#1. Matt Nagy. He was the guy all along.
“That’s who Ryan and this organization wanted to go after. They had a plan for it, they attacked it and they did it so that’s a credit for them for doing that, they were aggressive with it, they believed it, they had conviction and let’s go.”
Yes, Nagy was talking about Ryan Pace’s pursuit of Mitch Trubisky in the quote above but he might as well have been talking about his own pursuit by the Bears GM. The Bears interview schedule only made sense if they had a specific target in mind. Nagy was that target.
The alarm went off inside my head Friday night.
Why did the Bears schedule the first interview they were going to conduct last? (We already knew the Bears were going to meet with Nagy, Josh McDaniels, John DeFilippo and Pat Shurmur.)
Why did the Bears (and only the Bears) interview Vikings defensive coordinator George Edwards completely came out of the blue, when they had already reached out to but not scheduled a meeting with Panthers DC Steve Wilks to satisfy the Rooney Rule? (They were clearly meeting with a coach who wasn’t nearly as qualified to get the league rule out of the way.)
The Chicago Bears formally introduced new head coach Matt Nagy today. Here are some thoughts on the press conference.
— Chicago Bears (@ChicagoBears) January 9, 2018
People tweeted me, texted me, asked me forty times today, “What do you think of the Nagy hire?” While it’s hard to believe, I really don’t care. I’m excited about new coach and new approach but you never know which of these coordinators is going to become a great head coach. I hope he wins a lot of games.
Since there’s so much information available on Nagy, I’ll spare you the same rehashed opinions and links. Instead here’s some information you won’t see elsewhere about the process.
That’s it. That’s all I got. The press conference is Tuesday at 1 pm CT. I’ll be back with a wrap-up of that after it concludes.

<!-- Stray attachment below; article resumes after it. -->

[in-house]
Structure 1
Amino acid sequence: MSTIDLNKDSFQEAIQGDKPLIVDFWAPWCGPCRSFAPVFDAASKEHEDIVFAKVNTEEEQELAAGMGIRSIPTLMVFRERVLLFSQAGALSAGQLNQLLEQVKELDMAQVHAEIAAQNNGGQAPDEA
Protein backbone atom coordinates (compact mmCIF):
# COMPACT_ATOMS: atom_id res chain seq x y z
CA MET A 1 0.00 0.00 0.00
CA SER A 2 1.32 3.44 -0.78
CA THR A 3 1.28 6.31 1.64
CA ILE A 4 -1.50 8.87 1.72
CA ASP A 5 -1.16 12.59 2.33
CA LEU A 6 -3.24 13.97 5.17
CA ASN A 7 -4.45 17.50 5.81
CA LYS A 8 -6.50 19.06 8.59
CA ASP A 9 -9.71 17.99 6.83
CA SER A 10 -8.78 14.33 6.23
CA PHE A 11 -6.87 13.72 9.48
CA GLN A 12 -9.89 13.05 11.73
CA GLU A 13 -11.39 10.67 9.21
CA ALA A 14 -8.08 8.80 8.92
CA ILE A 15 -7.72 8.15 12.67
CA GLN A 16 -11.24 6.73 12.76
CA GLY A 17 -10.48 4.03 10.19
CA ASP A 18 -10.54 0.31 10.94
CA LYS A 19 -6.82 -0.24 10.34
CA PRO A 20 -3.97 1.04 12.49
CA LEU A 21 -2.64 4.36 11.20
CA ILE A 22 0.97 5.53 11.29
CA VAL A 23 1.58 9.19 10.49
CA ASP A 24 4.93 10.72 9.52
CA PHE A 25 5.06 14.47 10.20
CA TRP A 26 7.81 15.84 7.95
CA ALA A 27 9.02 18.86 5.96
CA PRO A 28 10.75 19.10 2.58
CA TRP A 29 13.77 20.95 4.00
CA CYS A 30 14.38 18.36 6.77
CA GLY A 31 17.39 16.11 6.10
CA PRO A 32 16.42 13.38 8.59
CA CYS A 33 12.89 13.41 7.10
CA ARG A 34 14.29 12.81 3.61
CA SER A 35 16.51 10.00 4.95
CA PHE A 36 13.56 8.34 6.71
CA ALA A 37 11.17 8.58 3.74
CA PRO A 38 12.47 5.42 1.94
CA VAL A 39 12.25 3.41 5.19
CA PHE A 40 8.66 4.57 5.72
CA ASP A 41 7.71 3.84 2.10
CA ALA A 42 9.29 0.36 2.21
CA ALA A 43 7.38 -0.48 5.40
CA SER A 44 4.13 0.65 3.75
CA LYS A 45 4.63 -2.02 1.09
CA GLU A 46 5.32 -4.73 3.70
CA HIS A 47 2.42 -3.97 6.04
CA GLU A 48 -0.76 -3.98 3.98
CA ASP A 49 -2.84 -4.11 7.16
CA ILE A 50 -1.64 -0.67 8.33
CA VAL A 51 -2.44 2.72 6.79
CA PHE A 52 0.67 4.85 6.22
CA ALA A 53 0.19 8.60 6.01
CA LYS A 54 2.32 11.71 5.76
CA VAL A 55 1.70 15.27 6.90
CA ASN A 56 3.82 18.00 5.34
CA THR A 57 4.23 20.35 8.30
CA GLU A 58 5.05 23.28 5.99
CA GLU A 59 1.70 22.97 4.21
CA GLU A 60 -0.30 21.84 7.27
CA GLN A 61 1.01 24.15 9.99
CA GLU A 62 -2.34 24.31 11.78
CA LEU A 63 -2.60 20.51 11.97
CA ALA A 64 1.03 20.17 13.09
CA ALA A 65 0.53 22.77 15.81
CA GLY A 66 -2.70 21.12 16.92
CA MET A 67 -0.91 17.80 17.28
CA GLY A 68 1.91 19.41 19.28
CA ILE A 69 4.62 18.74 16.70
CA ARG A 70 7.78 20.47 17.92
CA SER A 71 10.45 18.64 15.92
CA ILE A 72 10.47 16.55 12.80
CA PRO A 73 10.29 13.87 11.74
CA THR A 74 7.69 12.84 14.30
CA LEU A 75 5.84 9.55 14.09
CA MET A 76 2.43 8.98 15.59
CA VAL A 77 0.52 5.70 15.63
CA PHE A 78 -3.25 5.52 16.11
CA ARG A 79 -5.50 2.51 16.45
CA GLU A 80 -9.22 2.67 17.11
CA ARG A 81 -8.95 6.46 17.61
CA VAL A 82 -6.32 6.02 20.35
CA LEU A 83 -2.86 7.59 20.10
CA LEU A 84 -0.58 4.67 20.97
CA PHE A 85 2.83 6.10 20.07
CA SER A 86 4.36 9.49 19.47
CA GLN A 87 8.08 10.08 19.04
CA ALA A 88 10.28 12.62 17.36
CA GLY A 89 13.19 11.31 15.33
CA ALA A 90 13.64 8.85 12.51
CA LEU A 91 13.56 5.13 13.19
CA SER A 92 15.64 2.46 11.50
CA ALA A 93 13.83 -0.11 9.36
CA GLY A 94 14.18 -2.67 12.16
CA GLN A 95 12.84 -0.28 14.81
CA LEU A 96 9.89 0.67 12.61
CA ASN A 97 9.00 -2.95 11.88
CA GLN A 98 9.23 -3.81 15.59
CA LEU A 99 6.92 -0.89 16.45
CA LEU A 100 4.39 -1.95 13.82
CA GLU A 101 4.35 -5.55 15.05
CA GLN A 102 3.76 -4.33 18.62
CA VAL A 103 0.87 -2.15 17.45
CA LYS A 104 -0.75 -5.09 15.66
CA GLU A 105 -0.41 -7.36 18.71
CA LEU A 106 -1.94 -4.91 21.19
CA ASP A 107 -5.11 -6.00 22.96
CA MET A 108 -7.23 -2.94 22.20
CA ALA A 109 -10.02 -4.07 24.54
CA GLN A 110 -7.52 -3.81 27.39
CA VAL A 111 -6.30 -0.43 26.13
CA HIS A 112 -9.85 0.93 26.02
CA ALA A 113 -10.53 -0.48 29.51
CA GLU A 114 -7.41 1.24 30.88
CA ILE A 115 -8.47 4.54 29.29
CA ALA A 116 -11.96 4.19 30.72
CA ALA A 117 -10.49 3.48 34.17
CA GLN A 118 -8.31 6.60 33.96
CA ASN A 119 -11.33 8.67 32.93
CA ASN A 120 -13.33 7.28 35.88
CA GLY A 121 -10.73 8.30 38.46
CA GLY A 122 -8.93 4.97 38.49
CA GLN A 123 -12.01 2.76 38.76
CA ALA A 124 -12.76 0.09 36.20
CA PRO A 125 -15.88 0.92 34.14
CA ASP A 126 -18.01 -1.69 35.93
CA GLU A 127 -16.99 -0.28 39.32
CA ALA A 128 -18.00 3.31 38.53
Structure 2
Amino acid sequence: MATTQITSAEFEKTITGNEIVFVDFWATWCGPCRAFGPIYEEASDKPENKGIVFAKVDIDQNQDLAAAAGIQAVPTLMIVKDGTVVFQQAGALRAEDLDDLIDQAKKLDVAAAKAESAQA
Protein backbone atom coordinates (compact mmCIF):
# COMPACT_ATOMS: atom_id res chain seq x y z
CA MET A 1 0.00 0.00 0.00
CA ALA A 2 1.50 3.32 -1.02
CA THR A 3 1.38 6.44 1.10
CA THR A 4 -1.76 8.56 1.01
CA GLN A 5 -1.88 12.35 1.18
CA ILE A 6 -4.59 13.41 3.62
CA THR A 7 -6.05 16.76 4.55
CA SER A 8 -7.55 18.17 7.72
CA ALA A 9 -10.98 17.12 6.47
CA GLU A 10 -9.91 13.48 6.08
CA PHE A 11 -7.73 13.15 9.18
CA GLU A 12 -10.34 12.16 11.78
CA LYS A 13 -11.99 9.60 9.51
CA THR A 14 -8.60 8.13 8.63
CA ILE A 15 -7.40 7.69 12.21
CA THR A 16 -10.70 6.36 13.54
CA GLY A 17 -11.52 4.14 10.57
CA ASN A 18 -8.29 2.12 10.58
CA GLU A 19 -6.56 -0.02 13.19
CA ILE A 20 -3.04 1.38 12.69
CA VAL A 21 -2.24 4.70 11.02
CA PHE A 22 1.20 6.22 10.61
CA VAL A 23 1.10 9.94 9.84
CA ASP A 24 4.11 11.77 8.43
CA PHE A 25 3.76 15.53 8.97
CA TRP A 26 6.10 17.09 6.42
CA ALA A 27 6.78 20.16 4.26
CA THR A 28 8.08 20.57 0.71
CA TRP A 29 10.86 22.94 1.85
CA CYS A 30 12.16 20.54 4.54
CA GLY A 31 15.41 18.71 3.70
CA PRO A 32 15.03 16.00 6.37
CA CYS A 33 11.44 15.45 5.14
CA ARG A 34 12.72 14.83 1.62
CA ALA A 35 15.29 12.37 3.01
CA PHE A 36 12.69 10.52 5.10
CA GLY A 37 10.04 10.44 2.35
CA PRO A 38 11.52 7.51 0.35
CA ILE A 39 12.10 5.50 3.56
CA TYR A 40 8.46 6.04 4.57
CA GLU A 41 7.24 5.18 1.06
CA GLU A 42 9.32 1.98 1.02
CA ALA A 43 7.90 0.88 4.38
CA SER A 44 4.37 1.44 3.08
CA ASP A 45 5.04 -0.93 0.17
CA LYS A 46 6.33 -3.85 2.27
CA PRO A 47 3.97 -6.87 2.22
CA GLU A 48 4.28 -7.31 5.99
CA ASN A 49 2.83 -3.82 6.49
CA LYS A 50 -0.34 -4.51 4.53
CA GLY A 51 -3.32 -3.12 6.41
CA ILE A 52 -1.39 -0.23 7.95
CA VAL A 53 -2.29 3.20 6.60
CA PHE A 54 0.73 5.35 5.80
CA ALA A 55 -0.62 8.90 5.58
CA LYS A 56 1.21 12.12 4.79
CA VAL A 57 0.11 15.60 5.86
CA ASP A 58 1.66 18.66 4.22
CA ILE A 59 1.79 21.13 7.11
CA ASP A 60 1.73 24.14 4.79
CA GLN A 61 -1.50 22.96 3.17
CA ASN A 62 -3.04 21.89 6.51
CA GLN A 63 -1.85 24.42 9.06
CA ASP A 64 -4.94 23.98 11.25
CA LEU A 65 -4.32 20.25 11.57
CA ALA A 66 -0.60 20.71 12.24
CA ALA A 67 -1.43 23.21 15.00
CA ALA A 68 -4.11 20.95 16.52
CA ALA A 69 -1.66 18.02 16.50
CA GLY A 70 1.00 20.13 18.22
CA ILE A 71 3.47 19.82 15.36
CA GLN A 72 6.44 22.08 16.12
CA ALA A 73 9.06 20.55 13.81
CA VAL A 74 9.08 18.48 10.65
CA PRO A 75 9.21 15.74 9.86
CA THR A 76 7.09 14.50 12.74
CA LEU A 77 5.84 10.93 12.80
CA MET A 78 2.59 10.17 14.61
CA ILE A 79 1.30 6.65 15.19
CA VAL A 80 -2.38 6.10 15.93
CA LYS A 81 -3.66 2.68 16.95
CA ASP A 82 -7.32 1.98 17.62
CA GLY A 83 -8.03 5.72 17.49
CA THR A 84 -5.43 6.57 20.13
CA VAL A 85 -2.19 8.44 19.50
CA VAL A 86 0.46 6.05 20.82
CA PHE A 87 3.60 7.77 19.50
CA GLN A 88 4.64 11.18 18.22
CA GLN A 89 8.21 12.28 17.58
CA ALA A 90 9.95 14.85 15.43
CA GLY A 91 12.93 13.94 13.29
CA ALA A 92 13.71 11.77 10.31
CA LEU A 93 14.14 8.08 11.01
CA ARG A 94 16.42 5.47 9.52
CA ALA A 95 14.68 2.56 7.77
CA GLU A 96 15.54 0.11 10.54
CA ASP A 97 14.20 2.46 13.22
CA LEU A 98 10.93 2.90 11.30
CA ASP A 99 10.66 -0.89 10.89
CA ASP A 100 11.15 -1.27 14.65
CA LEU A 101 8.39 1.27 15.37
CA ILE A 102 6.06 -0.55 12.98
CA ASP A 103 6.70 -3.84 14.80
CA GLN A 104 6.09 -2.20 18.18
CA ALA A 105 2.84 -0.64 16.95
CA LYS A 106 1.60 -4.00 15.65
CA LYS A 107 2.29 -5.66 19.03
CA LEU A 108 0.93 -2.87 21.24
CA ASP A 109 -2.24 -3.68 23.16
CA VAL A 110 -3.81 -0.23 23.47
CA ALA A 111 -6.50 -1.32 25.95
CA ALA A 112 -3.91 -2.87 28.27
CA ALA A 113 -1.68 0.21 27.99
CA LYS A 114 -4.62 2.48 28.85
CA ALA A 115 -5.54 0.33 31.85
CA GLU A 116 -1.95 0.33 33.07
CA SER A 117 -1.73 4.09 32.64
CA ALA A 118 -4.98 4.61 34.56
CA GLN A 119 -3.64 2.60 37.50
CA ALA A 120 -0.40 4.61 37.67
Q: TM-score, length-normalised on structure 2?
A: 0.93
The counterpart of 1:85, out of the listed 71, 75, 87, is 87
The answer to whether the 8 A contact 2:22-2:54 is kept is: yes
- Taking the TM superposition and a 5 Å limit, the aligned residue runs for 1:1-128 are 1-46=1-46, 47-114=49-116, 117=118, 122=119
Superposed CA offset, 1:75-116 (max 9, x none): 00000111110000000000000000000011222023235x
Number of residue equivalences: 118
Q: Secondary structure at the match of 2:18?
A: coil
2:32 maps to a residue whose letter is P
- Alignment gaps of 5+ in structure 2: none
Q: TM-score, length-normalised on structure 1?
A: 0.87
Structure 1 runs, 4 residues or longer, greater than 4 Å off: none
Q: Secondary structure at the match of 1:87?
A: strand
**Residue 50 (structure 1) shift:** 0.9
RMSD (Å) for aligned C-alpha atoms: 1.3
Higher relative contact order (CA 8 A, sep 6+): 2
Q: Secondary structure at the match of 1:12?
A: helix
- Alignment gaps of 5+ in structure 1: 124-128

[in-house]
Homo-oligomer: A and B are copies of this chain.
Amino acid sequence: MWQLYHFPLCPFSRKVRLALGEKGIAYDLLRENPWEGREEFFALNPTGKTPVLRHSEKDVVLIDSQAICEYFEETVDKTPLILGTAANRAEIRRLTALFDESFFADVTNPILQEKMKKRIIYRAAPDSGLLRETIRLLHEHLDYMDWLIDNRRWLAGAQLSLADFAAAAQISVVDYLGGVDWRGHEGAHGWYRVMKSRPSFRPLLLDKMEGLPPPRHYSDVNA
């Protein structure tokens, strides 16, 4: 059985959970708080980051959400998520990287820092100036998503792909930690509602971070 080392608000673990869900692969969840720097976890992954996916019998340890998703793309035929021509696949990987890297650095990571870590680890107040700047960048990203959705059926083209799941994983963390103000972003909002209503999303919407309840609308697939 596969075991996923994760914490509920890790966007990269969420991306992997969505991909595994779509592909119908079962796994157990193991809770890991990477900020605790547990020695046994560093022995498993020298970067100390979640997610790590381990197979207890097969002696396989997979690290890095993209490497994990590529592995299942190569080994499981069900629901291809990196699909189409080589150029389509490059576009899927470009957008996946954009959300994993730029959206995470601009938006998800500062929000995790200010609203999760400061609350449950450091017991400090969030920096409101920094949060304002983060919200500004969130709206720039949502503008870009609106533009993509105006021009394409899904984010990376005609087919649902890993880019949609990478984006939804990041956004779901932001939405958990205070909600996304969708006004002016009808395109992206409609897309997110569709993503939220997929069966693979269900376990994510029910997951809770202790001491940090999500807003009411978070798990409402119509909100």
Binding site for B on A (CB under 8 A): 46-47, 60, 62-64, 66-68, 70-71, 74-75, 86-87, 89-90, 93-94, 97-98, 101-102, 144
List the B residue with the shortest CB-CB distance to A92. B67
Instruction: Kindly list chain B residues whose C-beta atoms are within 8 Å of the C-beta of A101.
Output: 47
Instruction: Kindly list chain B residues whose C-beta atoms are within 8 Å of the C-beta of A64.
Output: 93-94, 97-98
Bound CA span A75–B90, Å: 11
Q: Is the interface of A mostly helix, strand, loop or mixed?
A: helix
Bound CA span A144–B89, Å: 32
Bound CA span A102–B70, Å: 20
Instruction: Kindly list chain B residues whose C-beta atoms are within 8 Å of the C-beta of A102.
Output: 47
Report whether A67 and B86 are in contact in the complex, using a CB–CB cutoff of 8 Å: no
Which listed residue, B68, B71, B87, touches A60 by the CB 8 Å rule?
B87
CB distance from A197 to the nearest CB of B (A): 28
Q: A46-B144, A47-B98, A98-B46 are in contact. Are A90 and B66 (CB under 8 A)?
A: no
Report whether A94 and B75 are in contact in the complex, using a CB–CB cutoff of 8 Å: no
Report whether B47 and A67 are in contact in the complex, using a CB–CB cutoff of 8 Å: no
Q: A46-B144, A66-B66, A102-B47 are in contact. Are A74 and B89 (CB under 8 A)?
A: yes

Matt Nagy has spent his entire career with Andy Reid; not a bad guy to hitch your wagon to. Reid’s coaching tree has had prolific success, winning championships as head coaches, coordinators and position coaches. Just look at the his 2001 staff in Philadelphia:
Behind every great coach there are great assistants. None of Andy Reid’s assistants rose as quickly as Nagy. But the young offensive coordinator’s lack of experience in multiple staff rooms could suggest to NFL front offices an inability to find his own assistants, keeping him from the opportunity to be a head coach.
Trust is going to be the most important factor in where the Bears go from here.
Ryan Pace is in his third year as GM for a franchise that has won 12 games since he took over. That’s 11 fewer than the guy he replaced and he only got three years to do the job. George McCaskey may still have faith in Pace but he’s admittedly not a patient person. Whoever the next coach of the Bears is, they must trust that Pace picked the right quarterback and knows how to build the rest of the roster.
On Pace’s part, he has to trust the person he hires to create a successful environment around the franchise quarterback, while not losing sight of what else is going on around him. For those reasons, I believe the next coach of the Bears is likely going to be somebody Pace knows and already trusts. We’ve seen these kinds of relationships come together recently in Jacksonville, Buffalo, San Francisco and Philadelphia. Pace not only needs somebody he trusts, he needs a quick turnaround and three of the four aforementioned teams are enjoying the most success they’ve had in a number of years.
Here is my guess on which current pro coaches have the best odds of being the Bears coach next season:
Everyone wants an offensive guy, I get it. But Allen has connections to John DeFilippo, Mike McCoy, Al Saunders and Bill Lazor. It’s also possible he can lure another veteran coordinator — Norv Turner, Gary Kubiak or Dirk Koetter — to run his offense with a young stud quarterback. This goes back to the trust factor because Pace worked with Allen for five years in New Orleans. Allen is said to be uniquely organized and detailed — the opposite of the Bears current coach. He failed in Oakland but he had just one year as a coordinator at that point and didn’t have any talent. Since he took over for Rob Ryan late in the 2015 season, the Saints have had a drastic improvement defensively.
The Chicago Bears probably aren’t going to have a new coach in 2018. At least, not if they continue on their current pace.
Before the season I wrote that if the Bears won seven games, John Fox would be a lock to stay. Through eight games, they only have three wins, but have played the third-hardest schedule in the league, according to Football Outsiders. The last four games particularly have been really interesting.
It isn’t just that the Bears have gone 2-2. It’s that they really beat the crap out of one good team, should’ve won by a lot more against a mediocre team and were close to beating two of the best teams in the entire league.
It seems like the majority of the fan base still isn’t happy. They don’t just want to win, they want to look good doing it. But that wouldn’t matter no matter who the coach is. Hell, a large percentage of those people want Jim Harbaugh, the master of the ugly wins, as the coach.